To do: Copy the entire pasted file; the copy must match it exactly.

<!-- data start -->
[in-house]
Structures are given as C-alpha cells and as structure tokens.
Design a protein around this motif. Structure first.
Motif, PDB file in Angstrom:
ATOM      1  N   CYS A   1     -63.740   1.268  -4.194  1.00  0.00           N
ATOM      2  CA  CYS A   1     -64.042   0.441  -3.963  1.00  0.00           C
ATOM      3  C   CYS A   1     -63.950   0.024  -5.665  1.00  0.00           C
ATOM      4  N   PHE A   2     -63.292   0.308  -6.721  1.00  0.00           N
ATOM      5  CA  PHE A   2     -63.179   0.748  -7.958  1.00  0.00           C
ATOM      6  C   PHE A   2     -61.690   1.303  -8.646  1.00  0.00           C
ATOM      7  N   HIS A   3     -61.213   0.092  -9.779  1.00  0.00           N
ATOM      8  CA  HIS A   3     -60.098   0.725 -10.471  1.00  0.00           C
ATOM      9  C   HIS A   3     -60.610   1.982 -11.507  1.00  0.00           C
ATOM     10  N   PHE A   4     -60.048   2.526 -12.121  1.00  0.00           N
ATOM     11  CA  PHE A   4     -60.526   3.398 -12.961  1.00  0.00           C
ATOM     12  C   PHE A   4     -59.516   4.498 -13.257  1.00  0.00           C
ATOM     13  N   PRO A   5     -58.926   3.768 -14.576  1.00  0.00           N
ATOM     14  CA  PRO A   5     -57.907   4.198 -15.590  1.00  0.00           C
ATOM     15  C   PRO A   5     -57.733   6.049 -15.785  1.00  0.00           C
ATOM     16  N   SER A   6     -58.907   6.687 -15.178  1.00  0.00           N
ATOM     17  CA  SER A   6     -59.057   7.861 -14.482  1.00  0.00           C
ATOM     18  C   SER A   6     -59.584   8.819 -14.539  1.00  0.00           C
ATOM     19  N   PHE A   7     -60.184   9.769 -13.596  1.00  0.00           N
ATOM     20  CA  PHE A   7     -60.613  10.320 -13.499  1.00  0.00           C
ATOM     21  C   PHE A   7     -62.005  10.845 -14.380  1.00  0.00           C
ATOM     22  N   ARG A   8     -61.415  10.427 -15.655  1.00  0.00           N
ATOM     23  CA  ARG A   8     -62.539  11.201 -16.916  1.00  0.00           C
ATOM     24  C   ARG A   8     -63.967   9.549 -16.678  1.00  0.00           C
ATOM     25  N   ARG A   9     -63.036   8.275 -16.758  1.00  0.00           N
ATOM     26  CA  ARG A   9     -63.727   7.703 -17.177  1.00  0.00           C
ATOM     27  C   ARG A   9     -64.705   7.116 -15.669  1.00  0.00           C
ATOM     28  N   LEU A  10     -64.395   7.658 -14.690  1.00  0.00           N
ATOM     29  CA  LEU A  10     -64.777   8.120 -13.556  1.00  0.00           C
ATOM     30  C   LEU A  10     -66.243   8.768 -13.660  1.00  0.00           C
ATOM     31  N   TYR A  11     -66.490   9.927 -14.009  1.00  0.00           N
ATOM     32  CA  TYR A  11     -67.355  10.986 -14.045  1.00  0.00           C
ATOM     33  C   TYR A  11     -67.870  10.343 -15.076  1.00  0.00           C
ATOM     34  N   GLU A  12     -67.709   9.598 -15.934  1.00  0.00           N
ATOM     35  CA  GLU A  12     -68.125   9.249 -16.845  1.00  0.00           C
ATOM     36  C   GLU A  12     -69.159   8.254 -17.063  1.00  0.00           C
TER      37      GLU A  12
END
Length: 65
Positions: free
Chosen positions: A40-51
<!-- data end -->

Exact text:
[in-house]
Structures are given as C-alpha cells and as structure tokens.
Design a protein around this motif. Structure first.
Motif, PDB file in Angstrom:
ATOM      1  N   CYS A   1     -63.740   1.268  -4.194  1.00  0.00           N
ATOM      2  CA  CYS A   1     -64.042   0.441  -3.963  1.00  0.00           C
ATOM      3  C   CYS A   1     -63.950   0.024  -5.665  1.00  0.00           C
ATOM      4  N   PHE A   2     -63.292   0.308  -6.721  1.00  0.00           N
ATOM      5  CA  PHE A   2     -63.179   0.748  -7.958  1.00  0.00           C
ATOM      6  C   PHE A   2     -61.690   1.303  -8.646  1.00  0.00           C
ATOM      7  N   HIS A   3     -61.213   0.092  -9.779  1.00  0.00           N
ATOM      8  CA  HIS A   3     -60.098   0.725 -10.471  1.00  0.00           C
ATOM      9  C   HIS A   3     -60.610   1.982 -11.507  1.00  0.00           C
ATOM     10  N   PHE A   4     -60.048   2.526 -12.121  1.00  0.00           N
ATOM     11  CA  PHE A   4     -60.526   3.398 -12.961  1.00  0.00           C
ATOM     12  C   PHE A   4     -59.516   4.498 -13.257  1.00  0.00           C
ATOM     13  N   PRO A   5     -58.926   3.768 -14.576  1.00  0.00           N
ATOM     14  CA  PRO A   5     -57.907   4.198 -15.590  1.00  0.00           C
ATOM     15  C   PRO A   5     -57.733   6.049 -15.785  1.00  0.00           C
ATOM     16  N   SER A   6     -58.907   6.687 -15.178  1.00  0.00           N
ATOM     17  CA  SER A   6     -59.057   7.861 -14.482  1.00  0.00           C
ATOM     18  C   SER A   6     -59.584   8.819 -14.539  1.00  0.00           C
ATOM     19  N   PHE A   7     -60.184   9.769 -13.596  1.00  0.00           N
ATOM     20  CA  PHE A   7     -60.613  10.320 -13.499  1.00  0.00           C
ATOM     21  C   PHE A   7     -62.005  10.845 -14.380  1.00  0.00           C
ATOM     22  N   ARG A   8     -61.415  10.427 -15.655  1.00  0.00           N
ATOM     23  CA  ARG A   8     -62.539  11.201 -16.916  1.00  0.00           C
ATOM     24  C   ARG A   8     -63.967   9.549 -16.678  1.00  0.00           C
ATOM     25  N   ARG A   9     -63.036   8.275 -16.758  1.00  0.00           N
ATOM     26  CA  ARG A   9     -63.727   7.703 -17.177  1.00  0.00           C
ATOM     27  C   ARG A   9     -64.705   7.116 -15.669  1.00  0.00           C
ATOM     28  N   LEU A  10     -64.395   7.658 -14.690  1.00  0.00           N
ATOM     29  CA  LEU A  10     -64.777   8.120 -13.556  1.00  0.00           C
ATOM     30  C   LEU A  10     -66.243   8.768 -13.660  1.00  0.00           C
ATOM     31  N   TYR A  11     -66.490   9.927 -14.009  1.00  0.00           N
ATOM     32  CA  TYR A  11     -67.355  10.986 -14.045  1.00  0.00           C
ATOM     33  C   TYR A  11     -67.870  10.343 -15.076  1.00  0.00           C
ATOM     34  N   GLU A  12     -67.709   9.598 -15.934  1.00  0.00           N
ATOM     35  CA  GLU A  12     -68.125   9.249 -16.845  1.00  0.00           C
ATOM     36  C   GLU A  12     -69.159   8.254 -17.063  1.00  0.00           C
TER      37      GLU A  12
END
Length: 65
Positions: free
Chosen positions: A40-51